Adventures in OpenCL Part 2: Particles with OpenGL

20,000 particles being shared by OpenGL and OpenCL

This tutorial series is aimed at developers trying to learn OpenCL from the bottom up, with a focus on practicality. This installment introduces OpenCL context sharing with OpenGL. We make a simple particle system to demonstrate this feature. One of the most important aspects of this feature is the time we can save by doing rendering and calculations on the same memory in the GPU, this means we don’t need to copy data back and forth!

You may want to grab the code and compile it to see it in action. As usual I recommend having a copy of the OpenCL specification handy.

In this tutorial I use the C++ bindings with less explanation, so see Part 1.5 for a more in-depth explanation or Part 1 to get started with C bindings. As before this code has been tested by me on NVIDIA hardware on my Macbook Pro and on an Ubuntu workstation, ATI and Windows users are encouraged to try it out and let me know if you have any problems so I can update the tutorial.

Sharing is Caring!

Lets see what we need to do to get OpenCL and OpenGL sharing their context. The first thing we need is an OpenGL context! For this tutorial I use GLUT to create a window that we can draw in, and GLEW for OpenGL extensions (at least on linux). This means you will need to have those headers and libraries installed on your system. Once you have those you can try building:

cd part2
mkdir build
cd build
cmake ..

The Source Code Files

Let’s go over the source files again, even though they are the same as the last tutorial we add more functionality in a couple of them, so it will be good to quickly go over the changes.

This is where we test out our CL class. We setup a GLUT window and OpenGL context. Then we instantiate our CL class, prepare a simple particle system and initialize it. At the end of the file are several helper functions for manipulating the OpenGL view with the mouse and keyboard.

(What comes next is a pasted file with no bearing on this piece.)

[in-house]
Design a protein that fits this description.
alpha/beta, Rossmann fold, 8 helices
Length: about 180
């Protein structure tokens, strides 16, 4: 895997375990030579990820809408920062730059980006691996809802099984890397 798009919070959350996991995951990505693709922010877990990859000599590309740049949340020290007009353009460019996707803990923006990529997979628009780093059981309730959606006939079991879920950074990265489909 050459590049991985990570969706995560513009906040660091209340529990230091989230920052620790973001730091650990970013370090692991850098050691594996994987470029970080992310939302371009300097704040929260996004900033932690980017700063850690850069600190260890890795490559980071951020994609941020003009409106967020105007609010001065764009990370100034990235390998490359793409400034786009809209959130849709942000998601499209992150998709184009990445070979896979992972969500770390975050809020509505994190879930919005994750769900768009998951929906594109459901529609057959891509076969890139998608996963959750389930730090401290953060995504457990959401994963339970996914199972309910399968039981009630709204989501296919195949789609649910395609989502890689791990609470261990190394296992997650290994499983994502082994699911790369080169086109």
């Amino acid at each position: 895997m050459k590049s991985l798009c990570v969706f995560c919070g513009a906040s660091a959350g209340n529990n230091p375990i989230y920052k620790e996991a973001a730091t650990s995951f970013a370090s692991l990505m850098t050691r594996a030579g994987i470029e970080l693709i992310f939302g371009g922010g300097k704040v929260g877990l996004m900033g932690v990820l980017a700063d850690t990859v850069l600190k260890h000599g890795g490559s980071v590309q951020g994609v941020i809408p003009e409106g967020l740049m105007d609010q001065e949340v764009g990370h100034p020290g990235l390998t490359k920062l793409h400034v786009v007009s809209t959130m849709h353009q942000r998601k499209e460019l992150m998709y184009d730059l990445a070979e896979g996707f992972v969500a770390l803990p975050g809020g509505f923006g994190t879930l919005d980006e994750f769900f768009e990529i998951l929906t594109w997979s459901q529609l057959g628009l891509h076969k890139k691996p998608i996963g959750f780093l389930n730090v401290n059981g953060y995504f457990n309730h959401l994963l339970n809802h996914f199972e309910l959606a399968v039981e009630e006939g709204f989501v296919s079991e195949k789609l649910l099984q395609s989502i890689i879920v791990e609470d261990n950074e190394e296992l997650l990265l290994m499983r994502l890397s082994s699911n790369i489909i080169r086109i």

The main header file for our CL class definition, also handles including the OpenCL libraries. I’ve downloaded the header files from the Khronos website to avoid having to search the computer for a particular SDK. Note that I’ve had to make a slight change to cl.hpp for Mac users because of a bug in the implementation, which I will cover later.

The core implementation of our CL class, including functions for initializing the OpenCL context from OpenGL, loading and building an OpenCL program.

Implementation of the functions that setup and run the OpenCL kernel. This is where we actually see OpenCL in action.
The actual OpenCL code to be executed. Right now it’s a simple particle system that models gravity.

util.h and util.cpp
Utility functions that make things like creating VBOs or printing out OpenCL error messages easier

The configuration and build script used to build the project. This makes it easier to be portable, and building our code as a library makes it easier to contribute to other projects.

The Source Code Contents

So our main.cpp is a bit messier than before, this is mostly just setting up the OpenGL stuff. You may already have some OpenGL context to plug your OpenCL stuff into, in which case you just want to make sure you are using Vertex Buffer Objects (VBOs) that OpenCL can use to create its buffers.
I will just point out some interesting bits that are important to OpenCL, starting with the number of particles and a pointer to our CL class:

#define NUM_PARTICLES 10000
CL* example;

and later we instantiate it like:

 example = new CL();

We do this so that we can access the object from the GLUT loop, specifically in the appRender function which is called by GLUT to update the display. Before we can talk about rendering though, we need to load some data! Take a look at the for loop where we populate three vectors of Vec4 which is just a typedef for 4 floats; x, y, z, w, declared in cll.h. We then pass these to our class which will push the data to the GPU.

example->loadData(pos, vel, color);

Lastly in main.cpp let’s take a look at the void appRender() function, where the first thing we do is update the particle system:


This is followed by the rendering code, which is standard OpenGL for drawing points from a VBO. I learned this from here.

Now let’s took at some changes to cll.cpp.
It is easier to just click the link and view the whole source file, since the code is too long for a snippet here, but the major addition is the way we ceate the context. Each operating system uses different extensions to accomplish the same thing, the code mostly comes from the NVIDIA GPU SDK examples, but I modified it to use the C++ bindings. In doing so I found an inconsistency in Apple’s implementation and had to add an extra constructor to the Context class in cl.hpp (around line 1448) to compensate.

We see the most OpenCL action in part2.cpp which also demonstrates creating a CL buffer from a GL buffer. First we create the GL buffer as a VBO

p_vbo = createVBO(&pos[0], array_size, GL_ARRAY_BUFFER, GL_DYNAMIC_DRAW);